By Raquel Leifer, Features Editor
Each month, the YU Observer aims to feature a YU faculty member. For the April 2022 edition, the YU Observer is highlighting Dr. Alyssa Schuck, PhD.
Raquel Leifer (RL): Hello. Please introduce yourself.
Dr. Alyssa Schuck (AS): Hi! I am a Clinical Associate Professor of Biology at Stern College for Women. I am also the program director for the Jewish Foundation for Education of Women (JFEW) Scholarship Program. My educational background includes my BA in biology from Stern College for Women, as well as my MS and PhD in microbiology from New York University.
RL: How long have you worked at YU?
AS: I’ve been at YU for almost 16 years.
RL: What do you like most about working at YU?
AS: I like a few things about working at YU. I like that my colleagues and students share a lot of the same goals and values. Even though there is diversity among students and faculty, which enriches the experience here, I think that because we share all certain values, working here has more meaning to me. I also really like watching the students grow. In the JFEW program, I really enjoy watching the students mature, develop, and gain confidence in themselves over the three years here. In the classroom, I love it when students get excited about the same subject matter I’m excited about, and when they see how the information that we learn applies to their daily lives.
RL: What made you passionate about your field?
AS: When I was at Stern, I just loved biology. I give credit to Dr. Babich for the path that I ended up on; he suggested going to graduate school for a PhD. Once I graduated from Stern, I spent a year working as a lab technician and I liked working in the lab setting. In addition, I started to see myself as someone who might enjoy sharing the passion of science with others, which I thought I could do by teaching. Microbiology itself was more accidental; I actually did not actively decide that I liked microbiology, per se. I joined a lab for a few months as part of my graduate studies, and I found that the people in that particular lab were very good educators, “had my back,” and I knew I could learn a lot from them. This lab happened to be a microbiology lab. In hindsight, I’m thrilled that I ended up there, because I think microbiology is an exciting and amazing topic to study and teach. Most people don’t think too much about microorganisms (although in the last two years, everyone has been thinking about it!) But it’s fascinating, elaborate, and it has so much relevance and applications for our day-to-day lives.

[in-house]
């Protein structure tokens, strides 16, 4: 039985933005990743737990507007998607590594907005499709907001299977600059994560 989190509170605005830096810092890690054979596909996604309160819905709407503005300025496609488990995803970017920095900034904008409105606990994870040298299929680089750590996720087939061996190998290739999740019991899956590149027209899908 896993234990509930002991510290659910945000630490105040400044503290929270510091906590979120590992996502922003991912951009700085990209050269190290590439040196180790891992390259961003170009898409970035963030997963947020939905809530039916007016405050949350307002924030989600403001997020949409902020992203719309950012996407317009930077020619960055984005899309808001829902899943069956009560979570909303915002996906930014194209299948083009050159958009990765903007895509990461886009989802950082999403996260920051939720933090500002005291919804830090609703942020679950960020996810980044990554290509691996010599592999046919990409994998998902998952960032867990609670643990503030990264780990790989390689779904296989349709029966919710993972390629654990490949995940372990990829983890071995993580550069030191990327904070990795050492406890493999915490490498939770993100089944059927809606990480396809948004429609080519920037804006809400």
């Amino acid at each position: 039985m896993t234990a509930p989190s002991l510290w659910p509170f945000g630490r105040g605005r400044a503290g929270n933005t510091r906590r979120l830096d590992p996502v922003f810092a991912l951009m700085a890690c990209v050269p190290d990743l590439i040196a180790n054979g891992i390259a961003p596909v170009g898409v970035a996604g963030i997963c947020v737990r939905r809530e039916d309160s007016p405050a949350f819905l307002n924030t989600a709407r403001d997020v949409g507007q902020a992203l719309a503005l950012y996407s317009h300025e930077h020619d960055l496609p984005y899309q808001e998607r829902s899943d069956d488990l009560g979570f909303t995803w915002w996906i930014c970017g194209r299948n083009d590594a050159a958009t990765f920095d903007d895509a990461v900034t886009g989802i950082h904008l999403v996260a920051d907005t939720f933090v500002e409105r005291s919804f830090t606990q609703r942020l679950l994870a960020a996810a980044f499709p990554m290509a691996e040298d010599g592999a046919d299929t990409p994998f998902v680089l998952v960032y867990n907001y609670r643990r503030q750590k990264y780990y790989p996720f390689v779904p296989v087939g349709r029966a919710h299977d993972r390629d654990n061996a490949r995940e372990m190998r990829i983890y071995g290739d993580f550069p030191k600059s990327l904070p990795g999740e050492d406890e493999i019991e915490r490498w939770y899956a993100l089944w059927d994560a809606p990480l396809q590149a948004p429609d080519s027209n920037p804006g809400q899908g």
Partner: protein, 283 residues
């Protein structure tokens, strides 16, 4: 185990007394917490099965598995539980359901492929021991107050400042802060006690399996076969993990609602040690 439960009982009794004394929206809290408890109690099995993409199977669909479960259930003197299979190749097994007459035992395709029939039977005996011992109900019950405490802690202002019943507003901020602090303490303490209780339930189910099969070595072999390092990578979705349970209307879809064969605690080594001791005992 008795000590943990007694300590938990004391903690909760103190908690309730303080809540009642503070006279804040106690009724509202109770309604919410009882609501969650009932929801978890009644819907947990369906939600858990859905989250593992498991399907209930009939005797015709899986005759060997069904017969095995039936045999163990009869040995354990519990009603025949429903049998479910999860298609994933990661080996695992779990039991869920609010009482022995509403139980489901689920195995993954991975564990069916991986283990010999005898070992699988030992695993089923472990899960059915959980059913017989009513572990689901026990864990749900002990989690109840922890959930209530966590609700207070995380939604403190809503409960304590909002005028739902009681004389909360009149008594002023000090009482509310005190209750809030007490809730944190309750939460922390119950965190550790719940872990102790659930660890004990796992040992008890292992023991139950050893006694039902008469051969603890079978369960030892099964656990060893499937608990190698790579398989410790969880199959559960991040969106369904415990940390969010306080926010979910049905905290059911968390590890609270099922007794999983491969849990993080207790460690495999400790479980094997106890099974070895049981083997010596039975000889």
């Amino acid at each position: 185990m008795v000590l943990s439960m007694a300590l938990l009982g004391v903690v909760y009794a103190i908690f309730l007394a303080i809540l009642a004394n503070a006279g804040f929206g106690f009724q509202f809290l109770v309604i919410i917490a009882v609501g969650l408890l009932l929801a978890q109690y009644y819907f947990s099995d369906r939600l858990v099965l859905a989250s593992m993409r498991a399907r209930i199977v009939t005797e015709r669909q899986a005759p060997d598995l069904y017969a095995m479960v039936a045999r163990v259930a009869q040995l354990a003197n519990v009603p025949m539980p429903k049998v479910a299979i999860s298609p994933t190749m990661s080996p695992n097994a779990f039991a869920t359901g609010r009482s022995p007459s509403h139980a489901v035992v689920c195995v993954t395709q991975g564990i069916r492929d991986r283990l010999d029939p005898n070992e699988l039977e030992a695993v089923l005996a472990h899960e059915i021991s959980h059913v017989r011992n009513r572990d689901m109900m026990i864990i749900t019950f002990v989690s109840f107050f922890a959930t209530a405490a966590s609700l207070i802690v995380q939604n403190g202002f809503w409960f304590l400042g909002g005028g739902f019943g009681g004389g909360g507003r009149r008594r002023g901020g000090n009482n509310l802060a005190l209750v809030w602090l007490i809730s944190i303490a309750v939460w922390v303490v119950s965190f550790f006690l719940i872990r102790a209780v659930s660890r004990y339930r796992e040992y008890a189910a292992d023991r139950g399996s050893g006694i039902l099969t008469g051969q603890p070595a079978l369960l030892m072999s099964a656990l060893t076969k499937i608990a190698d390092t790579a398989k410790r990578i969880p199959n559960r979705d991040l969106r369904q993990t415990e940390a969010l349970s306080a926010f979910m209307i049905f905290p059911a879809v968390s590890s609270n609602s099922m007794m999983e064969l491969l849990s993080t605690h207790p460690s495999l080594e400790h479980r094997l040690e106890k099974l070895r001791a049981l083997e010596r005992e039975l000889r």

RL: Do you have any advice for students interested in a career in your field?
AS: Don’t lose sight of the goal, don’t get caught up in minor setbacks. If there are obstacles or delays—whether those are grades that are not up to your standards, or experiments that go wrong—just re-evaluate. If you still feel strongly that this career is something that you really want to pursue, keep going! You don’t have to be number one. Graduating with a degree and enjoying it along the way is a success.
More generally, for careers in the sciences, I would advise students that, contrary to popular belief :), you don’t have to have a straight-A average. And, you’ll find your place, even if you’re uncertain of your career path right now. It will all fall into place.
RL: What makes your field special?
AS: What makes biomedical research special, I think, is its constant and unending pursuit of knowledge about the natural world. As it is famously said, “The more you know, the more you realize you don’t know.” The same is true in science. As soon as we come up with a theory, and think we’ve figured things out, nature throws us a curveball. Learning about the complexity of the biological world is an incredible intellectual pursuit, but to me it’s also a philosophical or religious one. We are learning about the world that G-d created. The more complex we realize it is, the more amazed we are! It’s beyond brilliant!
RL: If you could bring in any guest lecturer, alive or deceased, who would it be, and what would he/she speak about?
AS: Dr. Barry Marshall. He experimented on himself to show that it’s actually a bacterium that causes a certain disease, which was previously thought to be caused by stress. The experimental model he was working with wasn’t giving results ,so he drank a flask of bacteria himself! When he got sick from the bacteria, he demonstrated the link between that organism (H. pylori) and peptic ulcer disease. I think it would be fascinating to hear not only how he persevered—because the scientific community initially laughed at his idea—but also what his thought process was when he had the crazy idea to drink a flask of bacteria!
RL: What is one thing you want students to know about you?
AS: I have high expectations of my students in terms of academics and character. I think we should hold ourselves to high standards. At the same time, though, I am human! I understand that that life can be complicated and messy, and that there are sometimes things that come up that take precedence over schoolwork. I would absolutely want my students to feel that they can speak to me if they’re having trouble academically (or in any other way, if they’re comfortable).
RL: Is there a particular book you would recommend that everyone read?
AS: Grit by Angela Duckworth and Missing Microbes by Martin Blaser
Photo Credit: Dr. Alyssa Schuck